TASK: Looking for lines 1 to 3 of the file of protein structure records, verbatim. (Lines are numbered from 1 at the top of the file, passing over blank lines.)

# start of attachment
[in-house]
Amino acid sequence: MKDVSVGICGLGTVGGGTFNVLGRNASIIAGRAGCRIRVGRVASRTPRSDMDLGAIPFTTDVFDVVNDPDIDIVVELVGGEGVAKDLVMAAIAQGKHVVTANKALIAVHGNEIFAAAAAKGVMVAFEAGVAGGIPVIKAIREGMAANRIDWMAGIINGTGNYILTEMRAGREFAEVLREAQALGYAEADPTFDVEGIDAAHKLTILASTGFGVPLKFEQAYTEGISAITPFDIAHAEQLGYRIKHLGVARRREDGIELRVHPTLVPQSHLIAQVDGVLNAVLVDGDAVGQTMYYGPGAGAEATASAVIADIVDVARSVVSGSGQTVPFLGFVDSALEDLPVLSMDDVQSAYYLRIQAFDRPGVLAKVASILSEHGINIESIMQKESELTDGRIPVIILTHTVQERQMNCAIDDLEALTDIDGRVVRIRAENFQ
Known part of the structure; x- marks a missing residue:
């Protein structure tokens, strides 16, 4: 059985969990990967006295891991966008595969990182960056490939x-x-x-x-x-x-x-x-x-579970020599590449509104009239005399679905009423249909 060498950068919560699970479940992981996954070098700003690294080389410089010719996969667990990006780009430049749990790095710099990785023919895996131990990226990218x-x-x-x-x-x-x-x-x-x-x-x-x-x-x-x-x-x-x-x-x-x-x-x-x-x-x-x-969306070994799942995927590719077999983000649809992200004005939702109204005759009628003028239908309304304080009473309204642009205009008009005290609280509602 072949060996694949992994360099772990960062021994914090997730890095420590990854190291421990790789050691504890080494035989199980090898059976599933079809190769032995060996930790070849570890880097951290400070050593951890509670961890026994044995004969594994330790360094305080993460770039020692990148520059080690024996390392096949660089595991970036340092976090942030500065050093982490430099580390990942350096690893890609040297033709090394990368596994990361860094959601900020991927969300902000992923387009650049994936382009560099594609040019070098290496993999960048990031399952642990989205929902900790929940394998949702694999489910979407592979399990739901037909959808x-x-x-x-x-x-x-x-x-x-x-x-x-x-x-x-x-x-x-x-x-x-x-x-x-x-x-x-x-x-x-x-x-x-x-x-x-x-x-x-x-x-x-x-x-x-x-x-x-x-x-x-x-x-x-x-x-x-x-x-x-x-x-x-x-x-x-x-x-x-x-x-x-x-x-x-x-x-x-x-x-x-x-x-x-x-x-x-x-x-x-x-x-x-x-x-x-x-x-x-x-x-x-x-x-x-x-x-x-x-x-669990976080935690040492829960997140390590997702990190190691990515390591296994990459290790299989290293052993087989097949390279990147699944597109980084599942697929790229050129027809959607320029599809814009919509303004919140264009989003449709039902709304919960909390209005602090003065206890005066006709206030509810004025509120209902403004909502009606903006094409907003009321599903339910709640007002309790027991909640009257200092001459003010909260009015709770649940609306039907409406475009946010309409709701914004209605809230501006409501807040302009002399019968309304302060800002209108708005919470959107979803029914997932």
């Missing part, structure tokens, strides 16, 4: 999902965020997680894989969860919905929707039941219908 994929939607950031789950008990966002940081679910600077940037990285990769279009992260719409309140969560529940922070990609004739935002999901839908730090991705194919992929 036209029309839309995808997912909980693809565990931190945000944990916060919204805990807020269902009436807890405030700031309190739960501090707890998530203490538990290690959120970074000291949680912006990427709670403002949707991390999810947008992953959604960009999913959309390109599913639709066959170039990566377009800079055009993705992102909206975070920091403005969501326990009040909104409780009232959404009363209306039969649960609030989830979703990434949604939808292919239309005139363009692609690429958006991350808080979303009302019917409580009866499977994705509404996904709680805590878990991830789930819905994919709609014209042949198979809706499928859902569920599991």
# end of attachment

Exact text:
[in-house]
Amino acid sequence: MKDVSVGICGLGTVGGGTFNVLGRNASIIAGRAGCRIRVGRVASRTPRSDMDLGAIPFTTDVFDVVNDPDIDIVVELVGGEGVAKDLVMAAIAQGKHVVTANKALIAVHGNEIFAAAAAKGVMVAFEAGVAGGIPVIKAIREGMAANRIDWMAGIINGTGNYILTEMRAGREFAEVLREAQALGYAEADPTFDVEGIDAAHKLTILASTGFGVPLKFEQAYTEGISAITPFDIAHAEQLGYRIKHLGVARRREDGIELRVHPTLVPQSHLIAQVDGVLNAVLVDGDAVGQTMYYGPGAGAEATASAVIADIVDVARSVVSGSGQTVPFLGFVDSALEDLPVLSMDDVQSAYYLRIQAFDRPGVLAKVASILSEHGINIESIMQKESELTDGRIPVIILTHTVQERQMNCAIDDLEALTDIDGRVVRIRAENFQ
Known part of the structure; x- marks a missing residue: